MCPS fears the nipple

Willard students defend photos as principal is suspended

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Officials with Missoula County Public Schools didn’t talk to the journalism students at Willard Alternative High School before yanking copies of their newspaper from the racks.

If they had, the officials would have heard that the bare breasts pictured in the January issue of the Willard Wire were the culmination of months of planning by a newspaper staff determined to change the way their peers treat women. They would have heard, too, that the papers they were confiscating meant more to the troubled teens than any classroom.

“This paper is the only thing that’s kept me going and pushed me to graduate,” says Kylie Hoedel, the Wire’s coeditor. “I love this paper, I care about this paper more than anything.”

Instead, the students say administrators at another high school where the Wire is distributed pulled them into an office and scolded them for crossing a line. When someone asked if the principal had read the accompanying article, he said he hadn’t, but added, “I’m sure it’s wonderful,” according to Wire photojournalist Sarah Donald.

District administrators “recalled” the publication a week after its printing when they discovered the cover contained an image of six bare-breasted individuals, including a young man and a pregnant woman, with red dots over their nipples. Another photo of two individuals with exposed nipples accompanied a feature column inside the paper.
Missoula County Public Schools Superintendent Mark Thane says images of bare breasts in the January issue of the Willard Wire violate district policy by causing a disruption of the school. Students say the images, which accompanied an opinion column about the sexualization of female breasts, were meant to challenge readers' assumptions. - PHOTO BY DEREK BROUWER
  • Photo by Derek Brouwer
  • Missoula County Public Schools Superintendent Mark Thane says images of bare breasts in the January issue of the Willard Wire violate district policy by causing a disruption of the school. Students say the images, which accompanied an opinion column about the sexualization of female breasts, were meant to challenge readers' assumptions.

After investigating, MCPS Superintendent Mark Thane announced Feb. 1 the images, as well as a sexually explicit reference in a related Q&A, violated district policy governing student publications. Thane says while the article written by Chase Boehmler supporting the “Free the Nipple” movement has “great value,” the images were deemed to violate a policy clause barring material that may “cause a substantial disruption of the school.”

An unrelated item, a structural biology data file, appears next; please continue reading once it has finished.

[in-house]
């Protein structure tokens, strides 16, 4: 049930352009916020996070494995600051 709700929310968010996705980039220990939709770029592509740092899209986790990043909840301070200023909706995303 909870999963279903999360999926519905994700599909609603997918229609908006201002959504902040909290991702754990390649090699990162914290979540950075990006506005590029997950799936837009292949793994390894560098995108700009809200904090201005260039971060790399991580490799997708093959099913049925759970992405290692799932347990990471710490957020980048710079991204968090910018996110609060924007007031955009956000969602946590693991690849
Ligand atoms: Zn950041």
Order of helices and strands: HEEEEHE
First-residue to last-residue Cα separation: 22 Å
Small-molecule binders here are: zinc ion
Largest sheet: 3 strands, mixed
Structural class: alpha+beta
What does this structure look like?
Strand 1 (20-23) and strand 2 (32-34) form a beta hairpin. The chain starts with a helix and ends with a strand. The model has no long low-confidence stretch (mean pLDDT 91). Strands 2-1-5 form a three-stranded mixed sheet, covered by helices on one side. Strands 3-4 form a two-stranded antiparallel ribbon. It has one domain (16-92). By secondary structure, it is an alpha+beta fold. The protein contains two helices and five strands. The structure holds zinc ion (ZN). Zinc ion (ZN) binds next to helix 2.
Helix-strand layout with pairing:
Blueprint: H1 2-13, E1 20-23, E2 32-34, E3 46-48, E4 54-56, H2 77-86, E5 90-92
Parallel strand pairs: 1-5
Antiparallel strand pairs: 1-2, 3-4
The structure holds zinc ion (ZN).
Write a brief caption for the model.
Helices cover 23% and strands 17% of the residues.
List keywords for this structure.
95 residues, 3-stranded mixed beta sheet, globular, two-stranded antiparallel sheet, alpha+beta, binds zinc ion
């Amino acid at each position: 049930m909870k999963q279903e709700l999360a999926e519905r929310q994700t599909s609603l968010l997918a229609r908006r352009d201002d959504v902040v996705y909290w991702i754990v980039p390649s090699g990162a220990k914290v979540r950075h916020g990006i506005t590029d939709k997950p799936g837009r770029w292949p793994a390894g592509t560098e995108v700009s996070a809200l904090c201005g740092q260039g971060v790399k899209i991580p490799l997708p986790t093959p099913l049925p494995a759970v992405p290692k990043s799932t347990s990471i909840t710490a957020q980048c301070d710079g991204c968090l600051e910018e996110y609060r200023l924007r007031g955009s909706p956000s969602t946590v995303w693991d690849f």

In addition to pulling papers, Thane issued a reprimand to the students’ journalism instructor and suspended Willard Principal Jane Bennett for three days. “The students certainly should have received some guidance and feedback from the staff,” he says.

Students say that’s exactly what their teachers did, by putting the responsibility on them to vet their controversial project. Hoedel says the paper’s editorial team spent hours researching school codes of conduct, local ordinances and journalistic codes of ethics before deciding to run the photos. They typed up confidentiality and liability agreements for the photo subjects, ensuring each was at least 18 years old and not a district student. And they composed the photos for impact while trying to eschew sensationalism.

“We meant it as a good, informative thing, almost like picking up a National Geographic, not a Playboy,” Hoedel says. “We were trying to make people think with that.”

Such has always been the Wire way, coeditor Keaton Alexander adds. He says the students take pride in the paper’s tradition of not shying away from edgy ideas and serious topics. Alongside Boehmler’s piece, the latest issue featured a column on going braless, personal essays on depression and slut-shaming, and articles on animal cruelty and sexual abuse.

“I feel the role of media is to target societal ills and try to reroute the way people see social doctrine,” Alexander says. “Just because we’re this high school newspaper doesn’t mean we can’t do that.”

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